Curfews for cats to protect birds: a good idea or not?

City ecologist Denny Topping wants a curfew for cats. They hunt birds that are now in the breeding season. His idea: keeping cats indoors at night protects birds more.

Jan Ruddts, from Vogelbeachherming Flanders, has a few questions. “Cats may be more active at night, but birds are mainly during the day. Females sit on eggs, males bring food. At night, birds are completely passive. Except for the owl or nightingale, which are currently returning to Flanders from winter in Africa.”

So many victims

“We know that cats cause a lot of victims. There are already over 2 million domestic cats in Belgium. So you have to add wild animals, shelter, climb up and cats from a pet store.”

The search has already been done. In the Netherlands, for example, 18 million birds are said to be killed by a cat every year. “Birds are most at risk when they spawn. They have little flying experience. They leave the nest and often land on the lawn or the patio table. Cats watch closely and hop into it.”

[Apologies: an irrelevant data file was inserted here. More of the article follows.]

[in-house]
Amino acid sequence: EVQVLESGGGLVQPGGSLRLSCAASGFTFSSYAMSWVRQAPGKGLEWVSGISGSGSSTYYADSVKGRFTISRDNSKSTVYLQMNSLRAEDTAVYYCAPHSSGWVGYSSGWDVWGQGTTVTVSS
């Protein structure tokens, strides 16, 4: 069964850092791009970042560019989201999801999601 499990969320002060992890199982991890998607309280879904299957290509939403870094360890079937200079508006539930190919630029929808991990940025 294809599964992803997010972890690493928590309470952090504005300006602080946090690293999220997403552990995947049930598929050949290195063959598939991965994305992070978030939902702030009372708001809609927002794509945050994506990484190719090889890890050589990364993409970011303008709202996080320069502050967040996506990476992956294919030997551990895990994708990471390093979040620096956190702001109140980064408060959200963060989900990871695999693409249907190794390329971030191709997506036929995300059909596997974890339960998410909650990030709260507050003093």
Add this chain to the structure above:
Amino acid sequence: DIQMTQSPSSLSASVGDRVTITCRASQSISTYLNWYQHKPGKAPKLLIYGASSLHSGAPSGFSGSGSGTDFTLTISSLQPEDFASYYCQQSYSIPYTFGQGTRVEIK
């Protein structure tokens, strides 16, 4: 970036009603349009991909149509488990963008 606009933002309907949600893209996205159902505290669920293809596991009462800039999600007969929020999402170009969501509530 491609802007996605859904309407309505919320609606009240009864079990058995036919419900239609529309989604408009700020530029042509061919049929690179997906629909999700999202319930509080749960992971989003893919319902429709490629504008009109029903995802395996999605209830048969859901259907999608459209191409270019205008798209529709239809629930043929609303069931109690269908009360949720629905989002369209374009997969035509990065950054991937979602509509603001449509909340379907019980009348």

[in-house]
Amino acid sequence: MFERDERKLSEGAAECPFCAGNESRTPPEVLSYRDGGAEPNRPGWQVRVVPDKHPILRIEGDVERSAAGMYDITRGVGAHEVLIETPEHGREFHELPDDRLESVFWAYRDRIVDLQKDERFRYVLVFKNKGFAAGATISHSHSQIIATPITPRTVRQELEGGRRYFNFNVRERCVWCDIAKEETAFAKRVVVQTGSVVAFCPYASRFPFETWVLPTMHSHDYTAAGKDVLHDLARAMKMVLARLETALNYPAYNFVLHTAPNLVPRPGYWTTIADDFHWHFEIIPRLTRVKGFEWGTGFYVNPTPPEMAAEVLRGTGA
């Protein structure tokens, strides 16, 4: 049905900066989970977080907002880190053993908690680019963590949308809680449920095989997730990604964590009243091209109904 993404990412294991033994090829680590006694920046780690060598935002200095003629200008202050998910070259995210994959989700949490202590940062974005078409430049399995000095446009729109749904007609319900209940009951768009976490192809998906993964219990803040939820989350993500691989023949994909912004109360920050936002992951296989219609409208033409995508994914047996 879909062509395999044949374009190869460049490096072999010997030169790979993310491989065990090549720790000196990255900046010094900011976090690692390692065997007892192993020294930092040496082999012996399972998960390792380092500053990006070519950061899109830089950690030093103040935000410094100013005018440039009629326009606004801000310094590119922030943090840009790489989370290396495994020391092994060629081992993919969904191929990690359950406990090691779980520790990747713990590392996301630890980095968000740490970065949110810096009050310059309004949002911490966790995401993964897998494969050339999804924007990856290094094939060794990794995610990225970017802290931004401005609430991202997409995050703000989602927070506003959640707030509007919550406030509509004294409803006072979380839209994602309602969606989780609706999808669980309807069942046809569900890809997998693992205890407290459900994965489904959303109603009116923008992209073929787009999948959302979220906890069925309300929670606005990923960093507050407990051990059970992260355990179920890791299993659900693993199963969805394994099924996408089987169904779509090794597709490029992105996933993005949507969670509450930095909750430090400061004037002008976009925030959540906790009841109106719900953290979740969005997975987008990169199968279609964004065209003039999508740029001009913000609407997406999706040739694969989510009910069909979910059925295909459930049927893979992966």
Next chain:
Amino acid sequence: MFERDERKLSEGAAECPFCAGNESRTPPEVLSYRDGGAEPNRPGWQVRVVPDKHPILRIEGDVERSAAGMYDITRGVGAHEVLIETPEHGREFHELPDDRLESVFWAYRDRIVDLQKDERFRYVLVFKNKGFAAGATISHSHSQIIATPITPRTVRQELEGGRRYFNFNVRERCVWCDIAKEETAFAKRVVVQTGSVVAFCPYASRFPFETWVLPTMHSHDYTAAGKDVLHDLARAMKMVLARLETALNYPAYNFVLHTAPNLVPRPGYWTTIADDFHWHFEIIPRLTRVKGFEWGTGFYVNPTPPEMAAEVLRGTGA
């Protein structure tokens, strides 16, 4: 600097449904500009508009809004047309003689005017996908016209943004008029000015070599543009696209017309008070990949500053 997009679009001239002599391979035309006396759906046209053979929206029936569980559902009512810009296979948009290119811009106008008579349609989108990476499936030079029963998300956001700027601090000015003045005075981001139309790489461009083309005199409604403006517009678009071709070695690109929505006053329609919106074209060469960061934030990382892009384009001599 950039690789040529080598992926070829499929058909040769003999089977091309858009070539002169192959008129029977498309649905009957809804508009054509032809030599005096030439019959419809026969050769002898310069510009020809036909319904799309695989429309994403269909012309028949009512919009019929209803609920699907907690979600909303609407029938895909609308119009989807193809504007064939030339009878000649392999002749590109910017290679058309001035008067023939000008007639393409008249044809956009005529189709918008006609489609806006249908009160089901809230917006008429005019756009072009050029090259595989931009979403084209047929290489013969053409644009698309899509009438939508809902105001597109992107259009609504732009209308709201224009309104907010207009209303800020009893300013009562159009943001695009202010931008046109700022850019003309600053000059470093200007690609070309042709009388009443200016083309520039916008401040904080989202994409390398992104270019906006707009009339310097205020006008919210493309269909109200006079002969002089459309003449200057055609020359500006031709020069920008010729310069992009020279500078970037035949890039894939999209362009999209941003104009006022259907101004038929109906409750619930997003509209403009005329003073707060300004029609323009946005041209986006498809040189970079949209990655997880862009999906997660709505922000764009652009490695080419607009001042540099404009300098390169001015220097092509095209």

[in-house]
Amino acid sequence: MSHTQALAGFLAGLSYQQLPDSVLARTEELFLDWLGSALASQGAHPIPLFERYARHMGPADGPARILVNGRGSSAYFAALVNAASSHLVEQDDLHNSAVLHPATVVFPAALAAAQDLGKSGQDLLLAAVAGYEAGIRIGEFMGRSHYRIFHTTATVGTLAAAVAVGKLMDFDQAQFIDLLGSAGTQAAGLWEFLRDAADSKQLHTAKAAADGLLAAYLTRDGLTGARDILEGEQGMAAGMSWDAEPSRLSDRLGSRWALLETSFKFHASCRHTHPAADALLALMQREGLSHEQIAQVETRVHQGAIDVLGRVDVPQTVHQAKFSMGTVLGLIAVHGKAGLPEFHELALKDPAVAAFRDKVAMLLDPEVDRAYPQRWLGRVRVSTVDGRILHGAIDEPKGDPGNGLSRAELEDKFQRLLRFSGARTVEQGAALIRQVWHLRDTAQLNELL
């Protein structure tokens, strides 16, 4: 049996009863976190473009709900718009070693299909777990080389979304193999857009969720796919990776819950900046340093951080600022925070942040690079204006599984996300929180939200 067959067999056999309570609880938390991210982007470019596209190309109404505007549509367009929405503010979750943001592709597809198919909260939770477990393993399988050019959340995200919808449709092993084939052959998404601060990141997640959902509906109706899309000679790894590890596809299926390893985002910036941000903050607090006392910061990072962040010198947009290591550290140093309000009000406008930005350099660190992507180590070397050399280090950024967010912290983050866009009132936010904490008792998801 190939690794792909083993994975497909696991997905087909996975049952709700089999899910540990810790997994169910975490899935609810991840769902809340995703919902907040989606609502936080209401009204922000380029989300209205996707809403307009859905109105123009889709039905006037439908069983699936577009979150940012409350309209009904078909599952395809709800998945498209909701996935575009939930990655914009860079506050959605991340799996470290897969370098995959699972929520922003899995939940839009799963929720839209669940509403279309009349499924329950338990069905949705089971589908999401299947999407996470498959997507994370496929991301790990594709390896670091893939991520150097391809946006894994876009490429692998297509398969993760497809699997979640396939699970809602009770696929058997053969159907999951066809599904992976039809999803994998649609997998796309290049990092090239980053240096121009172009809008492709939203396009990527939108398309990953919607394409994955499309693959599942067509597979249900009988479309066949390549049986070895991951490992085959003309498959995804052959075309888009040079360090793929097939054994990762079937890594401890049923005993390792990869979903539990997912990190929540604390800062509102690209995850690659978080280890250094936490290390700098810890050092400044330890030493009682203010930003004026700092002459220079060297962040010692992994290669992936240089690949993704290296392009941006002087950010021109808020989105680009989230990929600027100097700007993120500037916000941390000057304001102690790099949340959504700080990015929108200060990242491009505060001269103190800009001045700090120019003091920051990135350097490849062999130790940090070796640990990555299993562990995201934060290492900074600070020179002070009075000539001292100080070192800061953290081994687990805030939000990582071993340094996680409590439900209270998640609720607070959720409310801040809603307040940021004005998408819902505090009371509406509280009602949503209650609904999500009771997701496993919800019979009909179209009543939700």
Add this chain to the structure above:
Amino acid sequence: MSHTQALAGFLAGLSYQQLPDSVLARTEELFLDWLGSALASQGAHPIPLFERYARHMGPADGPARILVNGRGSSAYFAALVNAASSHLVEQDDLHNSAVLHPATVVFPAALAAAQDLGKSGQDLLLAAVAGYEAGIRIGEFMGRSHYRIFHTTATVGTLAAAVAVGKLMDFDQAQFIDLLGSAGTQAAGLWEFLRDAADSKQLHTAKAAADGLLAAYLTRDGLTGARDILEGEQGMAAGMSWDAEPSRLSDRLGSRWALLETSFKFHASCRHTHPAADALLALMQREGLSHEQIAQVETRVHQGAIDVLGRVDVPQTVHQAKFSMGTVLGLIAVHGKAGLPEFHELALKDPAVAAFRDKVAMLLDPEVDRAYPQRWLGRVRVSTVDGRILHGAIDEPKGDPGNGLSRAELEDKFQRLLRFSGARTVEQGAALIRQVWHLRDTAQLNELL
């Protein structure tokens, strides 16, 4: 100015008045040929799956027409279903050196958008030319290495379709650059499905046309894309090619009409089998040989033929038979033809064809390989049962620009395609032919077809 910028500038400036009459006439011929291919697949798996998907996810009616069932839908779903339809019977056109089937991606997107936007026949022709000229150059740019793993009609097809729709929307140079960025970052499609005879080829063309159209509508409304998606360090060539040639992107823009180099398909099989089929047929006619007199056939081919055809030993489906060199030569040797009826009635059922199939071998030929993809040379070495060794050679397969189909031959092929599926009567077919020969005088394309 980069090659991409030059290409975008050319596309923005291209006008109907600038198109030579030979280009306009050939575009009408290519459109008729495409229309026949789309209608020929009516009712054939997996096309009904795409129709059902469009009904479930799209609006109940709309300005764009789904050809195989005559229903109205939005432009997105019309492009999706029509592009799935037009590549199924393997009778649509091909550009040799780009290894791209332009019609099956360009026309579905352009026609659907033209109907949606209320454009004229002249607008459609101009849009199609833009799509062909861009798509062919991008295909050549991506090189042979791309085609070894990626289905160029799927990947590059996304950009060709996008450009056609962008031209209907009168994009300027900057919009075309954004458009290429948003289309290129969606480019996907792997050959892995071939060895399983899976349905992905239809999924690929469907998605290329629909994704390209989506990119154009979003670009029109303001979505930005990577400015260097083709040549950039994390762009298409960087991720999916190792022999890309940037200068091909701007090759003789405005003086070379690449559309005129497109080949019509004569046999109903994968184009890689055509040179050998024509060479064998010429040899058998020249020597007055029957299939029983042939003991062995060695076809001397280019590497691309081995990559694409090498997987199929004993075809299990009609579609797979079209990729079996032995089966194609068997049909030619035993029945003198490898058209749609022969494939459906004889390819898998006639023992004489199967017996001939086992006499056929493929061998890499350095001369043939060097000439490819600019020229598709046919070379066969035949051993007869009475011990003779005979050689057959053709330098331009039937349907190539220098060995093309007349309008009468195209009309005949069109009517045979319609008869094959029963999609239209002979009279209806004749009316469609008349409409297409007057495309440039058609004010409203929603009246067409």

But isn’t this just nature? “Nature is not really a paradise,” says Jan Rhodes. “It’s a matter of eating or being eaten.” “But there is a certain balance between prey and predators. Domestic cats are not animals that belong to nature. They disturb the balance. I have no problem with a sparrow hawk that hunts a house sparrow, this is nature. But I have that. A problem with a cat catching a house sparrow.”


Cats don’t just kill to eat their prey. Often they do this to fish to get thanks from their owner. “I’ve always heard you should scold your cat when you get home with a bird. It might change your cat’s mind. But of course it’s hunting instinct.”

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Denton Watson

"Friend of animals everywhere. Evil twitter fan. Pop culture evangelist. Introvert."

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